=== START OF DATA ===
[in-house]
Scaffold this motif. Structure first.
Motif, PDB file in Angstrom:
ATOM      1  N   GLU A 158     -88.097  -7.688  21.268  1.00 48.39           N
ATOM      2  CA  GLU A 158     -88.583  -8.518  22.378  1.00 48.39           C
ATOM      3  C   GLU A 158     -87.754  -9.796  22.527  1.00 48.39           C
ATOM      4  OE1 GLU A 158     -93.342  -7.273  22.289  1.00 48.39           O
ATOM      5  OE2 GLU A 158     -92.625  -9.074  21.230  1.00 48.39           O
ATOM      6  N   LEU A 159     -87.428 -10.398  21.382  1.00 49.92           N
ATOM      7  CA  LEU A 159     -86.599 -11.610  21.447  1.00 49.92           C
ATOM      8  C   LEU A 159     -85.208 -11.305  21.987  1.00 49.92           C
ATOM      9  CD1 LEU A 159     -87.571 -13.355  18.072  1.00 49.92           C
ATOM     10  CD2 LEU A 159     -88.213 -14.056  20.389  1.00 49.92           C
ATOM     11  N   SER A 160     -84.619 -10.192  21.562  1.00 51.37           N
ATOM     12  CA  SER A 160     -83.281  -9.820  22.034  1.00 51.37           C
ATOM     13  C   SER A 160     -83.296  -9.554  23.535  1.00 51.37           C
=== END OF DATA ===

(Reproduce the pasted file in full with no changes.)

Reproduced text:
[in-house]
Scaffold this motif. Structure first.
Motif, PDB file in Angstrom:
ATOM      1  N   GLU A 158     -88.097  -7.688  21.268  1.00 48.39           N
ATOM      2  CA  GLU A 158     -88.583  -8.518  22.378  1.00 48.39           C
ATOM      3  C   GLU A 158     -87.754  -9.796  22.527  1.00 48.39           C
ATOM      4  OE1 GLU A 158     -93.342  -7.273  22.289  1.00 48.39           O
ATOM      5  OE2 GLU A 158     -92.625  -9.074  21.230  1.00 48.39           O
ATOM      6  N   LEU A 159     -87.428 -10.398  21.382  1.00 49.92           N
ATOM      7  CA  LEU A 159     -86.599 -11.610  21.447  1.00 49.92           C
ATOM      8  C   LEU A 159     -85.208 -11.305  21.987  1.00 49.92           C
ATOM      9  CD1 LEU A 159     -87.571 -13.355  18.072  1.00 49.92           C
ATOM     10  CD2 LEU A 159     -88.213 -14.056  20.389  1.00 49.92           C
ATOM     11  N   SER A 160     -84.619 -10.192  21.562  1.00 51.37           N
ATOM     12  CA  SER A 160     -83.281  -9.820  22.034  1.00 51.37           C
ATOM     13  C   SER A 160     -83.296  -9.554  23.535  1.00 51.37           C